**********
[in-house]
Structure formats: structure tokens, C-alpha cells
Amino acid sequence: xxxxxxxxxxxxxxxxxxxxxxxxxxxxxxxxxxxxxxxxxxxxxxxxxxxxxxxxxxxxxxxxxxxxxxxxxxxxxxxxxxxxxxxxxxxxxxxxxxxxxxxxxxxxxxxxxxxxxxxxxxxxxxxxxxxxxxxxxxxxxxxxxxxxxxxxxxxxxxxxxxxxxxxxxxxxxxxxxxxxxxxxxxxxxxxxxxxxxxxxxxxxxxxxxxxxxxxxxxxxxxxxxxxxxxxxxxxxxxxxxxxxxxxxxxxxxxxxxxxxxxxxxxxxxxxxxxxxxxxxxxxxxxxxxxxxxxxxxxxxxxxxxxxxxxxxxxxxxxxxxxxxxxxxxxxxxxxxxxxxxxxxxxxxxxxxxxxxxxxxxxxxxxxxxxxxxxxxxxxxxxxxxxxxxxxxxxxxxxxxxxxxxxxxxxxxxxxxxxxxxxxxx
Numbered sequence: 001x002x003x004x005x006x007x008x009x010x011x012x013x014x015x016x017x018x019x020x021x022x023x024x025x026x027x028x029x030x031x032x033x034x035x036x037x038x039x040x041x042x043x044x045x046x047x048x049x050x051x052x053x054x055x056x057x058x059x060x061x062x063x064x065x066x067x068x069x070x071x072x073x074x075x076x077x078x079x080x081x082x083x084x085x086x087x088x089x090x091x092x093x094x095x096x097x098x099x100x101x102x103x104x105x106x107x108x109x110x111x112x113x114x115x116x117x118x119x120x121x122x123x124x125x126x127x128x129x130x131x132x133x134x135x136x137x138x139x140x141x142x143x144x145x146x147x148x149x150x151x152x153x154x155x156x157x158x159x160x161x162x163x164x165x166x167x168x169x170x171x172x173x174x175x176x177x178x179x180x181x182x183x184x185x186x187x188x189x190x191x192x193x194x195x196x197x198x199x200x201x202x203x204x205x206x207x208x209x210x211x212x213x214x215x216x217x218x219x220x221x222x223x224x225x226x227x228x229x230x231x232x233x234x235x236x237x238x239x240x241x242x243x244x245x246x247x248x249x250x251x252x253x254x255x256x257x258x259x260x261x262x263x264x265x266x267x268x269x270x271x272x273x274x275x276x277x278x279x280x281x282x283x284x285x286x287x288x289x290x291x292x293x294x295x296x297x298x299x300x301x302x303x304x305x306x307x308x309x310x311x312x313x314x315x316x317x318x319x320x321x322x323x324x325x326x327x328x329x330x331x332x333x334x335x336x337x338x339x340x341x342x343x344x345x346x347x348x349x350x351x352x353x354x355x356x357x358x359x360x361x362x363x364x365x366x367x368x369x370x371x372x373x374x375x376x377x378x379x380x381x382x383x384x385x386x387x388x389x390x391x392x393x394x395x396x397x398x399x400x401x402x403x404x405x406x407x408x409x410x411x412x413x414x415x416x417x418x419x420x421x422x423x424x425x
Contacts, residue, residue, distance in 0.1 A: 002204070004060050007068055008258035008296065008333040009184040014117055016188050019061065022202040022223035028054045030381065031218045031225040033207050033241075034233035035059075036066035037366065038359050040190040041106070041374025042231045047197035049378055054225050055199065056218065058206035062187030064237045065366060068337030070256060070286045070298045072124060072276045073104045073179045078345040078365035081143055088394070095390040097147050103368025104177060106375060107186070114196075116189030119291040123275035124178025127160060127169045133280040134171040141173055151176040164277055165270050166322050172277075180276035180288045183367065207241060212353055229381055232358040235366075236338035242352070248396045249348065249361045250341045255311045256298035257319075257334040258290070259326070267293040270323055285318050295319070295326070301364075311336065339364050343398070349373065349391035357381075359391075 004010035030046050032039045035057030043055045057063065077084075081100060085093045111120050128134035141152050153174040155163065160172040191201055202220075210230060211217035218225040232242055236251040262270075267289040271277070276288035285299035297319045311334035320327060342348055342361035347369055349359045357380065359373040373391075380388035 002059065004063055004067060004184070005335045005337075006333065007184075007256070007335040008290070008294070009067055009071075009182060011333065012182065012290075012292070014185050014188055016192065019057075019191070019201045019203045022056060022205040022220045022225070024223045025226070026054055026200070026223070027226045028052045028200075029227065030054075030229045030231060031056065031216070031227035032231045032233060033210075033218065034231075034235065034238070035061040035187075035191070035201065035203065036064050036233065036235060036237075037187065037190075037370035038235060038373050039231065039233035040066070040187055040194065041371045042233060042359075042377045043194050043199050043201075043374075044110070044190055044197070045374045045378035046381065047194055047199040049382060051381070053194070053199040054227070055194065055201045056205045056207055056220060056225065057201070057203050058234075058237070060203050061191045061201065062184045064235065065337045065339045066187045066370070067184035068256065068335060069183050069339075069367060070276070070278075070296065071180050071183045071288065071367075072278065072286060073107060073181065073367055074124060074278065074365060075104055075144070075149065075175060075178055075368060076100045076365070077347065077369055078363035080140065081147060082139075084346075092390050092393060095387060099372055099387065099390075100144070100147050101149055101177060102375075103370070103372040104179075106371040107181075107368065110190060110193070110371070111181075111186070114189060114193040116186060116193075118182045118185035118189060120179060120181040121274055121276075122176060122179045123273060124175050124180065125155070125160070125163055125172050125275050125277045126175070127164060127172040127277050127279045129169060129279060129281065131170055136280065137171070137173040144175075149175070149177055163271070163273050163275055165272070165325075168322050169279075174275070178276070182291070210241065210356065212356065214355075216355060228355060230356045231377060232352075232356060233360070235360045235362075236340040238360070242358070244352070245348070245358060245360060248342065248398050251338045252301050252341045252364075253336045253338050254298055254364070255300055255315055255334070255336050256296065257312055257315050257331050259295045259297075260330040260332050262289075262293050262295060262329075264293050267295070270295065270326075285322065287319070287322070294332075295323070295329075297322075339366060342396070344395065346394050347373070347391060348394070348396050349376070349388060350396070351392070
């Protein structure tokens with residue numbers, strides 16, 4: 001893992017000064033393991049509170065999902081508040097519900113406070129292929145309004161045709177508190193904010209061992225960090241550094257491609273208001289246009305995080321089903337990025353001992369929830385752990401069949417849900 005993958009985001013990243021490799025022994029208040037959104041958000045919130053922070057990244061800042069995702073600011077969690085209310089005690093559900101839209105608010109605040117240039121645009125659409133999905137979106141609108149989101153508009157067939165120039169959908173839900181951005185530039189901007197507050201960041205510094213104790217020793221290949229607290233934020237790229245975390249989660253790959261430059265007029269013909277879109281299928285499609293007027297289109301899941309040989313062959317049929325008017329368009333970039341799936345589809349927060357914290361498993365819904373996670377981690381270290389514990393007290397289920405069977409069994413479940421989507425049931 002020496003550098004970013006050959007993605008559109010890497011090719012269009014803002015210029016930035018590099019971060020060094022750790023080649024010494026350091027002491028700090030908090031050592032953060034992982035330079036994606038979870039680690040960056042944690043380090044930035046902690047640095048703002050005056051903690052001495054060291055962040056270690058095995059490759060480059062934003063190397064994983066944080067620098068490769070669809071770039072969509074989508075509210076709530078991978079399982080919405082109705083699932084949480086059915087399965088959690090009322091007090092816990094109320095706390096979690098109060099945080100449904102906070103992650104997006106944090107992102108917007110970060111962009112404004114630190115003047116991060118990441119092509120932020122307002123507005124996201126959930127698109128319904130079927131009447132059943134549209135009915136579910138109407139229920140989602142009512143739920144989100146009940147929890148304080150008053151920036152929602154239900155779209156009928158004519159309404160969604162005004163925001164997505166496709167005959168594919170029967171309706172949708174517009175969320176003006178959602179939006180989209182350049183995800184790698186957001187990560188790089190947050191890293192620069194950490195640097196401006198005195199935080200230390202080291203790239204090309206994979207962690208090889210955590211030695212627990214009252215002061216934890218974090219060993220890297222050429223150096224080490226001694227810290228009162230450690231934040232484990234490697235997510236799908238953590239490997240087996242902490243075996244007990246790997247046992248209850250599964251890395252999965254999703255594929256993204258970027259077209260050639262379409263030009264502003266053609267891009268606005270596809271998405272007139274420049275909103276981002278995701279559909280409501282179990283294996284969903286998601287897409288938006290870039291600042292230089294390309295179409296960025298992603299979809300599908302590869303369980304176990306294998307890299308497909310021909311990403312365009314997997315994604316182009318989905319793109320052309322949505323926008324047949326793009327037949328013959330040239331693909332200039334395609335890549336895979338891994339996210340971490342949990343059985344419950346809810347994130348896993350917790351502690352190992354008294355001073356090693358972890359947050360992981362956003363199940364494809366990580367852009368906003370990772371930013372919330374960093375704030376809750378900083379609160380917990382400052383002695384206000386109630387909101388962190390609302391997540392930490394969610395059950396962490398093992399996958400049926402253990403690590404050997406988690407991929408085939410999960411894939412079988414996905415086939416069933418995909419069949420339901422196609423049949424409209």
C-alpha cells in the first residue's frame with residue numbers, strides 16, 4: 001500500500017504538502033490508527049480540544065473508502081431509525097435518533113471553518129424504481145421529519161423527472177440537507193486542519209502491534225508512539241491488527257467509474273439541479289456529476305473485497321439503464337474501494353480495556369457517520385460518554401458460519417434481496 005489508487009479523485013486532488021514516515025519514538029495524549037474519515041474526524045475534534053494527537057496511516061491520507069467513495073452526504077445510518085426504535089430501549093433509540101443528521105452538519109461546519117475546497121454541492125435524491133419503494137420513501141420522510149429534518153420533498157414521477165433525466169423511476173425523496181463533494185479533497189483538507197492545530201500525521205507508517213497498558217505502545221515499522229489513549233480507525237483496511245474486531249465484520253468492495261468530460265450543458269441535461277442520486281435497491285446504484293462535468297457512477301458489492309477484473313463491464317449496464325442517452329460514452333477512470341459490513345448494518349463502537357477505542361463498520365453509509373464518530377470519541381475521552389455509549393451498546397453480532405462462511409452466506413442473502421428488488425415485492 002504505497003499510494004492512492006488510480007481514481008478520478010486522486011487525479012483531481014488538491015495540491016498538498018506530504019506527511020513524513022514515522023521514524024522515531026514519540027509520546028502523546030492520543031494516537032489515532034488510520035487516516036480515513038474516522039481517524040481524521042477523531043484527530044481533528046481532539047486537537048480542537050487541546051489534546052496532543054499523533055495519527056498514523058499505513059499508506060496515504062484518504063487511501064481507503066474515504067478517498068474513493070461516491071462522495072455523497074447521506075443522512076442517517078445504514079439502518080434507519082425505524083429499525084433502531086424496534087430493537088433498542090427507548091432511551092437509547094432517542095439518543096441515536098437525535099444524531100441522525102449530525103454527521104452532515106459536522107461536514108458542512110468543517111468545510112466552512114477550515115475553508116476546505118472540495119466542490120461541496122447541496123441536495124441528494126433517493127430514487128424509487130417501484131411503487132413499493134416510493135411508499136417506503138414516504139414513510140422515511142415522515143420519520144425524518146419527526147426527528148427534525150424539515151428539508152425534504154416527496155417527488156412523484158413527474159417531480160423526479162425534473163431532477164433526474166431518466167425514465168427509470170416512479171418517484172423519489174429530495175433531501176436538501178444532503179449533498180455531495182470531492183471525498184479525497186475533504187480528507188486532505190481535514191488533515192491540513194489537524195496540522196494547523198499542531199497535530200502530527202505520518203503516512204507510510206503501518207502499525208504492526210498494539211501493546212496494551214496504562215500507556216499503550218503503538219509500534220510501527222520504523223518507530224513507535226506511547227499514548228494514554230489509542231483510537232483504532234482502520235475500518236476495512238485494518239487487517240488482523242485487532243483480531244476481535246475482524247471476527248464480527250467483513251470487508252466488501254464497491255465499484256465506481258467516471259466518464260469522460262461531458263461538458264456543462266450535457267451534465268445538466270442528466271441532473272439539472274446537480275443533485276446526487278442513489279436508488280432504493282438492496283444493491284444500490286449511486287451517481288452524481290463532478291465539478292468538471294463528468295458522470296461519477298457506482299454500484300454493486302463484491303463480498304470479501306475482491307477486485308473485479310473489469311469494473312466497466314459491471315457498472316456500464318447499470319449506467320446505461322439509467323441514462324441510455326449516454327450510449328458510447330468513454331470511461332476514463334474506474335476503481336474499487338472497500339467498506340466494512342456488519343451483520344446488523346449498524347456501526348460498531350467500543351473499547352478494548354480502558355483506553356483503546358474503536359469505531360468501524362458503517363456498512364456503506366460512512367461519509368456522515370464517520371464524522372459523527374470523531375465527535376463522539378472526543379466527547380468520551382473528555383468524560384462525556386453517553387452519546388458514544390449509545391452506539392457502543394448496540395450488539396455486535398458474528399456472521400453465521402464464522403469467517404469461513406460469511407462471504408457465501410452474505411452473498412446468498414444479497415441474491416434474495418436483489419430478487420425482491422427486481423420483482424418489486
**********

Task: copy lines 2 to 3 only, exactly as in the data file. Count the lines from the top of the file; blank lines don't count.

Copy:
Structure formats: structure tokens, C-alpha cells
Amino acid sequence: xxxxxxxxxxxxxxxxxxxxxxxxxxxxxxxxxxxxxxxxxxxxxxxxxxxxxxxxxxxxxxxxxxxxxxxxxxxxxxxxxxxxxxxxxxxxxxxxxxxxxxxxxxxxxxxxxxxxxxxxxxxxxxxxxxxxxxxxxxxxxxxxxxxxxxxxxxxxxxxxxxxxxxxxxxxxxxxxxxxxxxxxxxxxxxxxxxxxxxxxxxxxxxxxxxxxxxxxxxxxxxxxxxxxxxxxxxxxxxxxxxxxxxxxxxxxxxxxxxxxxxxxxxxxxxxxxxxxxxxxxxxxxxxxxxxxxxxxxxxxxxxxxxxxxxxxxxxxxxxxxxxxxxxxxxxxxxxxxxxxxxxxxxxxxxxxxxxxxxxxxxxxxxxxxxxxxxxxxxxxxxxxxxxxxxxxxxxxxxxxxxxxxxxxxxxxxxxxxxxxxxxxx